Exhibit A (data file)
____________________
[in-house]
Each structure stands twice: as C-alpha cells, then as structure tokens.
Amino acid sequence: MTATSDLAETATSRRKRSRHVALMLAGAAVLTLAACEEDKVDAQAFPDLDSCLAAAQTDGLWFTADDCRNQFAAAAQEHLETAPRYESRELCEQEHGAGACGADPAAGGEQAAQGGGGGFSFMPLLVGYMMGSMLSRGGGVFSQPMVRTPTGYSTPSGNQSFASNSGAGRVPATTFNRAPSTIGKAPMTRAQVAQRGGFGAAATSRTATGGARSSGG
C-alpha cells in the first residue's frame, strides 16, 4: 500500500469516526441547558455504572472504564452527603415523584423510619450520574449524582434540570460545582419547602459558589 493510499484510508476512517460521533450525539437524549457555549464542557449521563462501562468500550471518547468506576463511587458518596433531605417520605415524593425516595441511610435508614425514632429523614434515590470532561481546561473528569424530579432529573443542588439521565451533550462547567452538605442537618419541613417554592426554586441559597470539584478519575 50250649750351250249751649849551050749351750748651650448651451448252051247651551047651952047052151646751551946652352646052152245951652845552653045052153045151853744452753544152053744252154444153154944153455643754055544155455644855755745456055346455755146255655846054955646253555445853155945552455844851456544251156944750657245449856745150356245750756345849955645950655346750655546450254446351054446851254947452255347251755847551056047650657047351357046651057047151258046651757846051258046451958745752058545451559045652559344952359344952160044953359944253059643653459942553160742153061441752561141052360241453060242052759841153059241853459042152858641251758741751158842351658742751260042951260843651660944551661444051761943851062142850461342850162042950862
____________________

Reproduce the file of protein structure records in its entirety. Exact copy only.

[in-house]
Each structure stands twice: as C-alpha cells, then as structure tokens.
Amino acid sequence: MTATSDLAETATSRRKRSRHVALMLAGAAVLTLAACEEDKVDAQAFPDLDSCLAAAQTDGLWFTADDCRNQFAAAAQEHLETAPRYESRELCEQEHGAGACGADPAAGGEQAAQGGGGGFSFMPLLVGYMMGSMLSRGGGVFSQPMVRTPTGYSTPSGNQSFASNSGAGRVPATTFNRAPSTIGKAPMTRAQVAQRGGFGAAATSRTATGGARSSGG
C-alpha cells in the first residue's frame, strides 16, 4: 500500500469516526441547558455504572472504564452527603415523584423510619450520574449524582434540570460545582419547602459558589 493510499484510508476512517460521533450525539437524549457555549464542557449521563462501562468500550471518547468506576463511587458518596433531605417520605415524593425516595441511610435508614425514632429523614434515590470532561481546561473528569424530579432529573443542588439521565451533550462547567452538605442537618419541613417554592426554586441559597470539584478519575 50250649750351250249751649849551050749351750748651650448651451448252051247651551047651952047052151646751551946652352646052152245951652845552653045052153045151853744452753544152053744252154444153154944153455643754055544155455644855755745456055346455755146255655846054955646253555445853155945552455844851456544251156944750657245449856745150356245750756345849955645950655346750655546450254446351054446851254947452255347251755847551056047650657047351357046651057047151258046651757846051258046451958745752058545451559045652559344952359344952160044953359944253059643653459942553160742153061441752561141052360241453060242052759841153059241853459042152858641251758741751158842351658742751260042951260843651660944551661444051761943851062142850461342850162042950862